Ebitda and sales
But Musk has already rung the bell on market cap. Raising Tesla’s valuation from here won’t get him any more grants. That destination’s in the rearview mirror as he speeds ahead. Sure, Musk would like to see his shares appreciate a lot more, since he has options to buy over 50 million of them at just $70. But huge money, another $30 billion at today’s price, now depends entirely on hitting targets for Ebitda and sales.
Stewart notes that the original plan was superbly fashioned because for Musk to win every tranche, he had to greatly increase Tesla’s value. “It would have been bad if it was just Ebitda and revenues,” he says. “But requiring better and better shareholder returns was baked into the plan. Coupling that with sales and Ebitda was good because it ensured that he’d have to build a business with substance behind it, and not just get paid if the stock was in a bubble.”
“I can’t criticize the overall plan; look at the results,” says Stewart. “But it isn’t optimal going forward. He’s already burst through 10 years of market-cap performance in three years. Now it’s all about sales and Ebitda.” Put simply, Tesla’s board needs a better way to motivate its superstar in the years head.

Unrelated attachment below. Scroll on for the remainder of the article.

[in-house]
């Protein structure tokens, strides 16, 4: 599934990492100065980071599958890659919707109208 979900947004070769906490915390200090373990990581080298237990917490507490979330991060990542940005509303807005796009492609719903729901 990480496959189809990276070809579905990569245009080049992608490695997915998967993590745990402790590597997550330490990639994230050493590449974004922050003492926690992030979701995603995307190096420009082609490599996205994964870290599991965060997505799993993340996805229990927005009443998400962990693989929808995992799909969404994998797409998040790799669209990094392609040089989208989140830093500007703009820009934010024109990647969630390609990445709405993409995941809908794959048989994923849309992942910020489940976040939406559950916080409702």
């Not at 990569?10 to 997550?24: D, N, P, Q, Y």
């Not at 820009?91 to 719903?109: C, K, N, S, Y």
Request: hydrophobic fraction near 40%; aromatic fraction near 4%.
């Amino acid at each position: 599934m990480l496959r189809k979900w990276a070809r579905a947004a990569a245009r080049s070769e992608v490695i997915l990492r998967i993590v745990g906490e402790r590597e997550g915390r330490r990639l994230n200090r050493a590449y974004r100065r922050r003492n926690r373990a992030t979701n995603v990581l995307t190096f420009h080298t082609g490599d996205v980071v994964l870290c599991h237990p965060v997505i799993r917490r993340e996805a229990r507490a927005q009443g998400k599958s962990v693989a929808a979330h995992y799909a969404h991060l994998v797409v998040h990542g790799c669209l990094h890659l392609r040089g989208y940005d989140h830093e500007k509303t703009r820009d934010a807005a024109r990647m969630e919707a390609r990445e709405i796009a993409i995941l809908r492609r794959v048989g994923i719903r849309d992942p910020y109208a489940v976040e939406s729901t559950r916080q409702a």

Hence, Musk can come out way ahead by pocketing huge grants if he increases those two metrics, even if Tesla’s market cap flatlines or falls. So far he’s hit, or will soon hit, only two of the sales goals. Achieving strong revenue growth alone could unlock all six of the remaining grants, without reaching any of the Ebitda targets designed to require rising profitability. This is a major weakness in the plan going forward.
Building the business from scratch required Musk to lavish giant amounts of capital on producing a revolutionary product. Now he needs to focus on profitability. Carefully targeting new investment spending will be critical to that effort. Musk can keep rewarding shareholders only by garnering high returns on each dollar Tesla invests in making cars and batteries. The company must resist spending gobs of capital to gun sales.
The current plan is already out of date, because it would reward Musk for spurring revenues at all costs. Pouring capital into models with relatively low margins or cutting prices to sell a lot more EVs would boost sales. Those go-go strategies would backfire by blunting what Musk’s done so phenomenally well, but at these prices will be a far harder going forward: keeping Tesla’s share price marching upward.
Stewart says that the board should recast Musk’s comp plan to incorporate either new incentives based on raising Tesla’s valuation from here, or an EVA-like measure that rewards him for generating high returns on capital while rapidly growing the business. Tesla needs a comp plan part 2.0 to keep its superstar driver in the fastest of fast lanes.